Healing Brain Seminar: February 1987


A One-Day Symposium
Saturday, February 21

On the University of California, San Diego Campus

The poster for The Healing Brain

The brain minds the body, and state of health and disease are profoundly influenced by state of mind. This symposium will present some of the recent advances in the behavioral sciences that shed new light on the vital role of the brain as a health maintenance organization. The brain contains many “small minds.” Emotions have profound effects on our physiology and emotional changes, like those associated with lying that are sometimes healthy and sometimes unhealthy. The brain even produces its own opiate-like chemicals with striking effects on pain perception, mood, and thought. These and other findings of major clinical importance will be explored by a distinguished faculty of researchers and clinicians who will provide an up-to-date review of emerging trends in behavioral medicine.


Philip A. Berger, M.D., is professor of psychiatry and behavioral sciences at Stanford University School of Medicine and director of the Norris Mental Health Clinical Research Center. His major research interests include the neurobiology and neurochemistry of mental illness about which he has written numerous scientific papers. In addition, he is co-editor of several books on psychopharmacology, psychiatry, and behavioral neurochemistry.

Paul Ekman, Ph.D., is professor of psychology and director of the Human Interaction Laboratory, department of psychiatry at University of California, San Francisco. His major areas of research include nonverbal communications, facial expressions and human emotions. He is the author of numerous scientific papers and books including Telling Lies and Emotion and the Human Face.

Robert E. Ornstein, Ph.D., is visiting professor of human biology at Stanford University and president of the Institute for the Study of Human Knowledge. His research interests include the function of the two hemispheres of the brain, perception, and communication in the human sciences. He is author of numerous books including The Amazing Brain, The Psychology of Consciousness, Psychology: The Study of Human Experience, and The Mind Field.

David S. Sobel, M.D., MPH,
 is chief of Preventative Medicine, Kaiser-Permanente Medical Center in San Jose and medical program director of The Institute for the Study of Human Knowledge. His current areas of interest include behavioral medicine, health promotion and public health education. He is editor of the book Ways of Health: Holistic Approaches to Ancient and Contemporary Medicine.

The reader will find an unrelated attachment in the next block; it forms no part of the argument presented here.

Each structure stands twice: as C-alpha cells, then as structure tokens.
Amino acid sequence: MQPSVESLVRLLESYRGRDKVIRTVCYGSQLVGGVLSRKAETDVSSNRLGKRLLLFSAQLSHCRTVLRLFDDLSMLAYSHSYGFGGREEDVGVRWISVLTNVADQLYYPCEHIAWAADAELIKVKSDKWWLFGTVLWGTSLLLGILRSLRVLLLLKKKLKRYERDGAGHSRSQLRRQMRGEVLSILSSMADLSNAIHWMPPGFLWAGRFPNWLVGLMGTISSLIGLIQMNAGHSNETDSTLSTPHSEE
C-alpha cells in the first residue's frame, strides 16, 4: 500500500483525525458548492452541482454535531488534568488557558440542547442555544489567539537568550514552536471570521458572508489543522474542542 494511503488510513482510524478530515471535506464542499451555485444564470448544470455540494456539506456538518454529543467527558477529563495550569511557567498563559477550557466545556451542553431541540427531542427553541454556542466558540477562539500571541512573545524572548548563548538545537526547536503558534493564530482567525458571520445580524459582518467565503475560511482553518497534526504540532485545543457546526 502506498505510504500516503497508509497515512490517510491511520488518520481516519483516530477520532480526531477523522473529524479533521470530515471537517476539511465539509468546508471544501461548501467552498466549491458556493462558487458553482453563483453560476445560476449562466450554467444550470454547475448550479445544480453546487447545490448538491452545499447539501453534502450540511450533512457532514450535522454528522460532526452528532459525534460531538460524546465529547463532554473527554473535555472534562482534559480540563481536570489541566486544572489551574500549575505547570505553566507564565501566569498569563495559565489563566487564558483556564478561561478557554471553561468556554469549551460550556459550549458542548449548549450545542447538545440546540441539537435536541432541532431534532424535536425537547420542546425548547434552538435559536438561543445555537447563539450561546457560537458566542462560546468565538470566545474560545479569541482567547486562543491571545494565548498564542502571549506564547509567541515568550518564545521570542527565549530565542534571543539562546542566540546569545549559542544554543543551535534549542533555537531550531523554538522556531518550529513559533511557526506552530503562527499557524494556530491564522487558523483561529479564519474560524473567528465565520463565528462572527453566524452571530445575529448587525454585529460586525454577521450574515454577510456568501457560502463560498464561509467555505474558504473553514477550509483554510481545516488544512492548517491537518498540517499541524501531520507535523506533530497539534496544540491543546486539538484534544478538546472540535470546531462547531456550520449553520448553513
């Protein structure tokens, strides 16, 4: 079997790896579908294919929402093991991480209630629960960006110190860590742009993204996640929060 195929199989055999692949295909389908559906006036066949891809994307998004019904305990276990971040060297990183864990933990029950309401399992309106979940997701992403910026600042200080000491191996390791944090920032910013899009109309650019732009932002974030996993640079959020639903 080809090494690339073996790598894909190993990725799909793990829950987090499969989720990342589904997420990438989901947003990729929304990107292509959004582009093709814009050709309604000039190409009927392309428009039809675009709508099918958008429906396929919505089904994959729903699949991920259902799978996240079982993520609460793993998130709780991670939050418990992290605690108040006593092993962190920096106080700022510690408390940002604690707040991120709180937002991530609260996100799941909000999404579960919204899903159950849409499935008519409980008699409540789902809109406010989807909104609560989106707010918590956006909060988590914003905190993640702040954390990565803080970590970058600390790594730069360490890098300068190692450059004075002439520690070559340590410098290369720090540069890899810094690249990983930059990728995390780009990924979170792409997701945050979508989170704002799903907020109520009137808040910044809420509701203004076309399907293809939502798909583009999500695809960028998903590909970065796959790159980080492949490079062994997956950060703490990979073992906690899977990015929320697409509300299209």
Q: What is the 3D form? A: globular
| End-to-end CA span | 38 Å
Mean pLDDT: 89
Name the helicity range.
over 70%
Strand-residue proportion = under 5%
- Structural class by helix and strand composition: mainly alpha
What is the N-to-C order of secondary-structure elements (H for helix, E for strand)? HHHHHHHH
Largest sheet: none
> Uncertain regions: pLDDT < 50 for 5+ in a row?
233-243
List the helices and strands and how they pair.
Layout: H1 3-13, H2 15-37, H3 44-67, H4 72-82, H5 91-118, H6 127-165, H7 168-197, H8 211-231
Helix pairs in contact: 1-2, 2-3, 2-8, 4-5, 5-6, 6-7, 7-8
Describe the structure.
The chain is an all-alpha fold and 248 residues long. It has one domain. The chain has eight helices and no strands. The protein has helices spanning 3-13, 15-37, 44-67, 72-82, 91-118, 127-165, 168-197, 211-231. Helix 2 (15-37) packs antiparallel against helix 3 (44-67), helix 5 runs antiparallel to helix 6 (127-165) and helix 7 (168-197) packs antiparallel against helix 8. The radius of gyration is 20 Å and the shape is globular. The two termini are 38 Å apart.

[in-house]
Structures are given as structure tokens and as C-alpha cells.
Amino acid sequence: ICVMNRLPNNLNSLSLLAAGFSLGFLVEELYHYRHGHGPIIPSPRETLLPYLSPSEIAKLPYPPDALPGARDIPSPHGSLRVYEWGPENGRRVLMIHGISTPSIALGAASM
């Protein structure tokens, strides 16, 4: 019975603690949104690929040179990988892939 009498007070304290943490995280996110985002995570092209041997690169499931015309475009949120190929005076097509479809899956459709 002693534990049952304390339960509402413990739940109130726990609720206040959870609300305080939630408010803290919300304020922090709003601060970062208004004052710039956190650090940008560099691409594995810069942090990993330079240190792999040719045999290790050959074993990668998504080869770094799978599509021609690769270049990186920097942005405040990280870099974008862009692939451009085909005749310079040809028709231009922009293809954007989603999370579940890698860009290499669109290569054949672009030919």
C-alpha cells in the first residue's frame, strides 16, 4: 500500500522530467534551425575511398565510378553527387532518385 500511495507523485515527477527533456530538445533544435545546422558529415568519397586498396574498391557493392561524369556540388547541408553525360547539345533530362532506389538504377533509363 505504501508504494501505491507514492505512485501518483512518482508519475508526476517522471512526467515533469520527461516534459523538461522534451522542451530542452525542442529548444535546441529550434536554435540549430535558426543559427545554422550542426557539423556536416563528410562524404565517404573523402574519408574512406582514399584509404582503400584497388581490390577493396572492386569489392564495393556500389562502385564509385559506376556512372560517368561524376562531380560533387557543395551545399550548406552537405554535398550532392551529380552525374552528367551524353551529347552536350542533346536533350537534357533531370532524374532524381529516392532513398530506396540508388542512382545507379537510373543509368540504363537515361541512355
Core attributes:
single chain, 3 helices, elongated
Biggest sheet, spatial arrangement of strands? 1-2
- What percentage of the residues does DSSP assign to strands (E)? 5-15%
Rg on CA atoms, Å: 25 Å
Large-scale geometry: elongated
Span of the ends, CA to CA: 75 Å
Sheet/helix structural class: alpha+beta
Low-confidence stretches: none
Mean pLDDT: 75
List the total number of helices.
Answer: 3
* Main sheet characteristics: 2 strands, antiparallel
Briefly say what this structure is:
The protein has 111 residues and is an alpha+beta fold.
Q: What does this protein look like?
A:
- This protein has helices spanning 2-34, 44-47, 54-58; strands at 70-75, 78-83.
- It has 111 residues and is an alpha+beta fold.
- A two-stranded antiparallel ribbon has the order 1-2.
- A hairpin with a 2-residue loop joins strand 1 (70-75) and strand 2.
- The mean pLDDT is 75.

Robert E. Ornstein

Although we live in a thoroughly modern world, we do not have a thoroughly modern mind. We do not have a single brain; we have a multiple one. It is a complex and unorganized collection of special purpose solutions to meet different circumstances. These “small minds of the body” control health. The brain contains several different and independent centers of action each of which has a “mind of its own.” Significant problems in our own health arise when our separated, small minds disagree.

Emotions, Moods, Traits, and Emotional Disorders
Paul Ekman

Current understanding of moods, emotional traits, and emotional disorders will be reviewed along with the latest techniques of generating and exploring the physiology of emotions. Anger, irritation, hostility, aggression, and violence are over-lapping terms often used to describe the same actions. However, anger is not unhealthy but hostility may be. Aggressive people may never be violent and violence may not involve anger. Everyone becomes sad, while only people with serious psychiatric problems have depression. What the emotions feel like, what they look like, what they sound like, and what causes people to feel them will be illustrated.

Lying About Feelings and Feelings About Lying
Paul Ekman

Emotions play a crucial role in lying. Why do lies fail or why do they succeed? How can we spot clues to deceit and when won’t there by any clues? While lying is a commonplace activity and part of almost everyone’s life, there are some illnesses which involve extensive lying.

The Chemical Brain: The Biochemical Basis of Mental Health
Philip A. Berger

The past decade has witnessed dramatic advances in the biological sciences that have contributed to the identification of some biochemical correlates of mental disorders such as schizophrenia, depression, and mania. These advances have stimulated the development of many new somatic therapies for mental illnesses and opened the door to a new experience of the chemical nature of the brain.

Endorphins: The Brain’s Natural Opiates and Mental Health
Philip A. Berger

One of the most exciting discoveries in neurochemistry is that the human brain produces chemical compounds called endorphins that have pharmacological activity identical to morphine and other opiates. Endorphins may be involved in the perception of pain, positive reinforcement, schizophrenic hallucinations, and perhaps “runner’s high.” The current evidence in the role of endorphins in normal and abnormal moods and behaviors will be explored.

How the Brain Minds the Body
Robert E. Ornstein

The principal function of the brain is not the creation of rational thought, language, or art, but rather the maintenance of the health of the organism. From food avoidance to weight maintenance, the brain has developed sophisticated, intrinsic healing systems to protect the integrity and stability of the individual and social body. The brain is first and foremost a healing brain.